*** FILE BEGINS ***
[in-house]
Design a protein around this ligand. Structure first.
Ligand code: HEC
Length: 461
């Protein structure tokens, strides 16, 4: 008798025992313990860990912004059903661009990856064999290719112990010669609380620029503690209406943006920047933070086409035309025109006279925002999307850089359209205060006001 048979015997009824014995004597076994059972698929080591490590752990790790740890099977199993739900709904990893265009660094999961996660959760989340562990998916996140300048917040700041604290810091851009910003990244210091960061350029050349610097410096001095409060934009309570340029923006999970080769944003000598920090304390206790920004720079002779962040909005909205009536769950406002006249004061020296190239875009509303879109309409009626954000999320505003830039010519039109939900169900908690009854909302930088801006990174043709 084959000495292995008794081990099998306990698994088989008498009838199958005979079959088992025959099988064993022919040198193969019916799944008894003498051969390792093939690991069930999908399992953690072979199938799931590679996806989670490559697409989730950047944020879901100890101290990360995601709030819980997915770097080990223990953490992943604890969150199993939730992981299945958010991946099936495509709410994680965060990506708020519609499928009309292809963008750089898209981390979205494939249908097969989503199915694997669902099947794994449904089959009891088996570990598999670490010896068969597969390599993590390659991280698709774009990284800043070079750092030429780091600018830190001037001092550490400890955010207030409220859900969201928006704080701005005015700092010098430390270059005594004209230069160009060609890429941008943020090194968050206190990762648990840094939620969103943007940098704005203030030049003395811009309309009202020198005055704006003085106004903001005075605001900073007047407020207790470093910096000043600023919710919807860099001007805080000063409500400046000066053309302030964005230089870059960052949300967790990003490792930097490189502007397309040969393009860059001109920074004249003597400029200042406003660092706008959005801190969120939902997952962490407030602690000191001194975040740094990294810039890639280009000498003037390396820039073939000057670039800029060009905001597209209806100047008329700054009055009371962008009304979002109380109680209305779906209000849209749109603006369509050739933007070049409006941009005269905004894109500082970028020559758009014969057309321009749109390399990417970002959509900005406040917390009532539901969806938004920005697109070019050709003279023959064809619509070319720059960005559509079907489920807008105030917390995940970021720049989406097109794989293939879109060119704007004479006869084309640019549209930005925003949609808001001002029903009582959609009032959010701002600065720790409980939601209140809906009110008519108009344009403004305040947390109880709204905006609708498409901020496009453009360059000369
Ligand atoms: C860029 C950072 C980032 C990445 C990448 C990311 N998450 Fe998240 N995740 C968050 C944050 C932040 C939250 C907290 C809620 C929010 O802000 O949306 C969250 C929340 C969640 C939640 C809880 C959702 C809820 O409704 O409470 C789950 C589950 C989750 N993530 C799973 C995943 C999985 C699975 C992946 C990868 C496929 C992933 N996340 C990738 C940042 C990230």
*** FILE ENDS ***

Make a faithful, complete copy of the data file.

[in-house]
Design a protein around this ligand. Structure first.
Ligand code: HEC
Length: 461
């Protein structure tokens, strides 16, 4: 008798025992313990860990912004059903661009990856064999290719112990010669609380620029503690209406943006920047933070086409035309025109006279925002999307850089359209205060006001 048979015997009824014995004597076994059972698929080591490590752990790790740890099977199993739900709904990893265009660094999961996660959760989340562990998916996140300048917040700041604290810091851009910003990244210091960061350029050349610097410096001095409060934009309570340029923006999970080769944003000598920090304390206790920004720079002779962040909005909205009536769950406002006249004061020296190239875009509303879109309409009626954000999320505003830039010519039109939900169900908690009854909302930088801006990174043709 084959000495292995008794081990099998306990698994088989008498009838199958005979079959088992025959099988064993022919040198193969019916799944008894003498051969390792093939690991069930999908399992953690072979199938799931590679996806989670490559697409989730950047944020879901100890101290990360995601709030819980997915770097080990223990953490992943604890969150199993939730992981299945958010991946099936495509709410994680965060990506708020519609499928009309292809963008750089898209981390979205494939249908097969989503199915694997669902099947794994449904089959009891088996570990598999670490010896068969597969390599993590390659991280698709774009990284800043070079750092030429780091600018830190001037001092550490400890955010207030409220859900969201928006704080701005005015700092010098430390270059005594004209230069160009060609890429941008943020090194968050206190990762648990840094939620969103943007940098704005203030030049003395811009309309009202020198005055704006003085106004903001005075605001900073007047407020207790470093910096000043600023919710919807860099001007805080000063409500400046000066053309302030964005230089870059960052949300967790990003490792930097490189502007397309040969393009860059001109920074004249003597400029200042406003660092706008959005801190969120939902997952962490407030602690000191001194975040740094990294810039890639280009000498003037390396820039073939000057670039800029060009905001597209209806100047008329700054009055009371962008009304979002109380109680209305779906209000849209749109603006369509050739933007070049409006941009005269905004894109500082970028020559758009014969057309321009749109390399990417970002959509900005406040917390009532539901969806938004920005697109070019050709003279023959064809619509070319720059960005559509079907489920807008105030917390995940970021720049989406097109794989293939879109060119704007004479006869084309640019549209930005925003949609808001001002029903009582959609009032959010701002600065720790409980939601209140809906009110008519108009344009403004305040947390109880709204905006609708498409901020496009453009360059000369
Ligand atoms: C860029 C950072 C980032 C990445 C990448 C990311 N998450 Fe998240 N995740 C968050 C944050 C932040 C939250 C907290 C809620 C929010 O802000 O949306 C969250 C929340 C969640 C939640 C809880 C959702 C809820 O409704 O409470 C789950 C589950 C989750 N993530 C799973 C995943 C999985 C699975 C992946 C990868 C496929 C992933 N996340 C990738 C940042 C990230």